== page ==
Most cannabis information available today is based on observations made by underground growers during repeated production cycles over the course of the past several decades. Indeed, prohibition has stifled cannabis research for most of the 20th century. In the near future, however, there will be many legitimate cultivation studies as legalization and legitimacy often come with the ability to scientifically research and examine all aspects of cannabis cultivation practices.
Until those studies are published and shared across academic and cultivation channels, cannabis cultivators are left with dozens of questions, including: Are there other, more productive growing methodologies than what I am currently using? Are there cultivation methods that enhance production of certain cannabinoids or terpenes? Which input has the biggest positive impact on yields and cannabinoid production?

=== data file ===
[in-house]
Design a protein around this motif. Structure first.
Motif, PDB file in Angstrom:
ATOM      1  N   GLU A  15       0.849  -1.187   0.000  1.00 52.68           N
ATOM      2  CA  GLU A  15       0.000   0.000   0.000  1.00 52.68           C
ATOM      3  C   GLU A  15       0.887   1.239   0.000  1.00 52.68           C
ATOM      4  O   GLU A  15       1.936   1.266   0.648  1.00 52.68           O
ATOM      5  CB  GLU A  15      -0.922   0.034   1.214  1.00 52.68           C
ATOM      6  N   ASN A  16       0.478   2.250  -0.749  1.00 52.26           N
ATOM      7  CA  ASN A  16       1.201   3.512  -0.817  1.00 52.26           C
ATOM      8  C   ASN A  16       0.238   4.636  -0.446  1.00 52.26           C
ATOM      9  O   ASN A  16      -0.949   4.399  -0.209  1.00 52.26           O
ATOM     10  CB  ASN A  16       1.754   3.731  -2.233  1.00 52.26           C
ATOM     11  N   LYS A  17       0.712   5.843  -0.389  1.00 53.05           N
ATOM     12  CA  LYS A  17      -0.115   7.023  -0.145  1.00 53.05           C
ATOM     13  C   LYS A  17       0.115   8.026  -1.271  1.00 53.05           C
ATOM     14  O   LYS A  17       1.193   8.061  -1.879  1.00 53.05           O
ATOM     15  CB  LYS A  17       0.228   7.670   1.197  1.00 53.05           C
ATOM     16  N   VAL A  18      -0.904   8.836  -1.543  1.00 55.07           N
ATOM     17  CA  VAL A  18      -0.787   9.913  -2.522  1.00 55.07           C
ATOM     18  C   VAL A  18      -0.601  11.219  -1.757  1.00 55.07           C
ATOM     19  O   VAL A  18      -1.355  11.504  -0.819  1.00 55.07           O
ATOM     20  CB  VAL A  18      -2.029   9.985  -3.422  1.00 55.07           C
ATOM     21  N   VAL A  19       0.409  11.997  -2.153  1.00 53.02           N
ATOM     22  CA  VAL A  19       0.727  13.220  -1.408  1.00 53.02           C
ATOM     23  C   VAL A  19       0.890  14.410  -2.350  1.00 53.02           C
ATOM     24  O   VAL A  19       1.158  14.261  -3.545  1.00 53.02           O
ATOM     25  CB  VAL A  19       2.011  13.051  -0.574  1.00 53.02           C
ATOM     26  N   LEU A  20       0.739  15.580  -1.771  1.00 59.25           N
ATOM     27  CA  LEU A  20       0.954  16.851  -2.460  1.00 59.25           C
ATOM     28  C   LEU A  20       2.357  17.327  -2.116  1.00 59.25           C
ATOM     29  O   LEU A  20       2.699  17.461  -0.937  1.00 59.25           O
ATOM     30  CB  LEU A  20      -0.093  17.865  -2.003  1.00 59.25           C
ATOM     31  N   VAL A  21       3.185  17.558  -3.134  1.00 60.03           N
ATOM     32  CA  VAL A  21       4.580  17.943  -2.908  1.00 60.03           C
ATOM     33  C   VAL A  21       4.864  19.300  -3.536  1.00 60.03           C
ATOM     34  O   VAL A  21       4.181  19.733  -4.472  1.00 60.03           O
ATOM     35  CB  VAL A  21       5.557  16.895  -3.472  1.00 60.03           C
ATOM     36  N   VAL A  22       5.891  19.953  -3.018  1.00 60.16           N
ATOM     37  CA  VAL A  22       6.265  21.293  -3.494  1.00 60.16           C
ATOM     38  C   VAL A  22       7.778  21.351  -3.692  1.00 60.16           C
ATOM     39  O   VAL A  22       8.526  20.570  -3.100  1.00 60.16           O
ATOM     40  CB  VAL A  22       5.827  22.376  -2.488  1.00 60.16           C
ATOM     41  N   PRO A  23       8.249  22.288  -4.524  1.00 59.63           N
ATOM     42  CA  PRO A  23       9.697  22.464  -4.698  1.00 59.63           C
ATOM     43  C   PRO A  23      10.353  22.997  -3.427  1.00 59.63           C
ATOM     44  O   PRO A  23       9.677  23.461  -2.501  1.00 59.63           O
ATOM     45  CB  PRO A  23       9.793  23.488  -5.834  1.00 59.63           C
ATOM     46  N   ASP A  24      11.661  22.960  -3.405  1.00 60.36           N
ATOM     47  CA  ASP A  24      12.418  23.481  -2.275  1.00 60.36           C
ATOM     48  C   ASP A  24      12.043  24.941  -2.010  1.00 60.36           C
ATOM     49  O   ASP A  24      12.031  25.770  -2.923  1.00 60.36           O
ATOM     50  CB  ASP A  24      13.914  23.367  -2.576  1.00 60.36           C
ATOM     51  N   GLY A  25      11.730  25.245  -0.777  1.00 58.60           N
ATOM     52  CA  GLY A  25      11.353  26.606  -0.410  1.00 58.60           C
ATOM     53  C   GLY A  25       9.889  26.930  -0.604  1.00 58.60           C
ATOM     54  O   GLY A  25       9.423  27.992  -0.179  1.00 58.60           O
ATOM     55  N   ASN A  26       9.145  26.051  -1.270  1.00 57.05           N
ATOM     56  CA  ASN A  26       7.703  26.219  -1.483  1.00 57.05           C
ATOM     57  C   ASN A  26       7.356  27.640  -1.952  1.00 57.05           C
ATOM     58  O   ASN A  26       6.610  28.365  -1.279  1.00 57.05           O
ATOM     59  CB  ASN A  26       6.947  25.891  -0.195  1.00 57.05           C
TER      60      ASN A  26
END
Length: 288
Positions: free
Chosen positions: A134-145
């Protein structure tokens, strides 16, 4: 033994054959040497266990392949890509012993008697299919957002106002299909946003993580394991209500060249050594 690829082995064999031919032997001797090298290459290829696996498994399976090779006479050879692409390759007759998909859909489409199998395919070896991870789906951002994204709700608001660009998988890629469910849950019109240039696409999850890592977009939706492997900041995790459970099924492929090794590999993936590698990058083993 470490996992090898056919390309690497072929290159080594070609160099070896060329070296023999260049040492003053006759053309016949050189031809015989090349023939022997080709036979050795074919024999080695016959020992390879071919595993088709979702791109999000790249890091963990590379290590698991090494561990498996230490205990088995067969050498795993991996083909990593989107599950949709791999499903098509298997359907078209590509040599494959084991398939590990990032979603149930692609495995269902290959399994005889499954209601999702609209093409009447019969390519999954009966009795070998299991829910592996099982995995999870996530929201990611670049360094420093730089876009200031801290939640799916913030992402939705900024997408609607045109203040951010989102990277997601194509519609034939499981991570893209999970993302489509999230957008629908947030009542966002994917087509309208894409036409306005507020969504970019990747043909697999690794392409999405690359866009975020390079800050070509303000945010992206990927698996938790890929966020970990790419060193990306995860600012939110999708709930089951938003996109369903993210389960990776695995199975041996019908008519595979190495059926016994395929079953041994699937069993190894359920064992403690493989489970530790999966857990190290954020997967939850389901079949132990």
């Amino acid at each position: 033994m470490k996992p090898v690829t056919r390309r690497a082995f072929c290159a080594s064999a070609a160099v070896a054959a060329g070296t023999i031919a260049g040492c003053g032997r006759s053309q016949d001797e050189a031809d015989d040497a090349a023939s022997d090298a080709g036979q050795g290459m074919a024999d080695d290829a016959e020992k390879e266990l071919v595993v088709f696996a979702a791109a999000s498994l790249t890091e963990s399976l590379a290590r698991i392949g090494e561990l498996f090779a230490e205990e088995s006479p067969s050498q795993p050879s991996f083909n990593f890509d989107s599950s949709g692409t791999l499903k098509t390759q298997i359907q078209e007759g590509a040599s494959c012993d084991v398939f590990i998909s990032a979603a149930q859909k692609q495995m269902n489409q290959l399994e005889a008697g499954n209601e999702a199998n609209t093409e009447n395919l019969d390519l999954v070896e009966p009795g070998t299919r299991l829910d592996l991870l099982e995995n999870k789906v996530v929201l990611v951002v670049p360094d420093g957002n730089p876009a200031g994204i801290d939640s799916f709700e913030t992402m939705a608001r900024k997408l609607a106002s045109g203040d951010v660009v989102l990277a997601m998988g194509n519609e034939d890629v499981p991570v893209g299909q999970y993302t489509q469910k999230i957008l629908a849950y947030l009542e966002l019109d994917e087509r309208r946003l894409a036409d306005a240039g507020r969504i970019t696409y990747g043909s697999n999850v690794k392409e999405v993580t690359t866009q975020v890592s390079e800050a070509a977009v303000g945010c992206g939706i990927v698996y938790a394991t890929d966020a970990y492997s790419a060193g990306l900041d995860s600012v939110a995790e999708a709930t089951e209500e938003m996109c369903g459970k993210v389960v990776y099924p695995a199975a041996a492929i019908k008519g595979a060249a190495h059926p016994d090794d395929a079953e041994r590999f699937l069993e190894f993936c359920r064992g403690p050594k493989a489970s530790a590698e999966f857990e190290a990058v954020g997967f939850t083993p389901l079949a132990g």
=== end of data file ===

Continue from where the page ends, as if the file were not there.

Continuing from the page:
Given the many variables under a cultivator’s influence, it’s good to question your practices today so that you remain ahead of the technology curve tomorrow. Here are six areas in which more information will spur further questions and better solutions.
Do we know exactly what light level and spectrum each cultivar prefers in each stage of production?
Is it a fixed spectrum, such as a blue-dominant spectrum in vegetative growth and a red-dominant spectrum in flowering stages, as is commonly believed and accepted as fact by some? Or is it possible the plant prefers a roving spectrum throughout a daylight period so that all spectrums are available throughout the day? Or is it best to mimic nature and utilize blue and red spectrums as many currently do? Conversely, is there a preferred targeted application that yields superior results? Is there a perfect spectrum for every stage of growth? These are the types of questions academic studies and white papers can and should answer.
2. Precise nutrient application and utilization: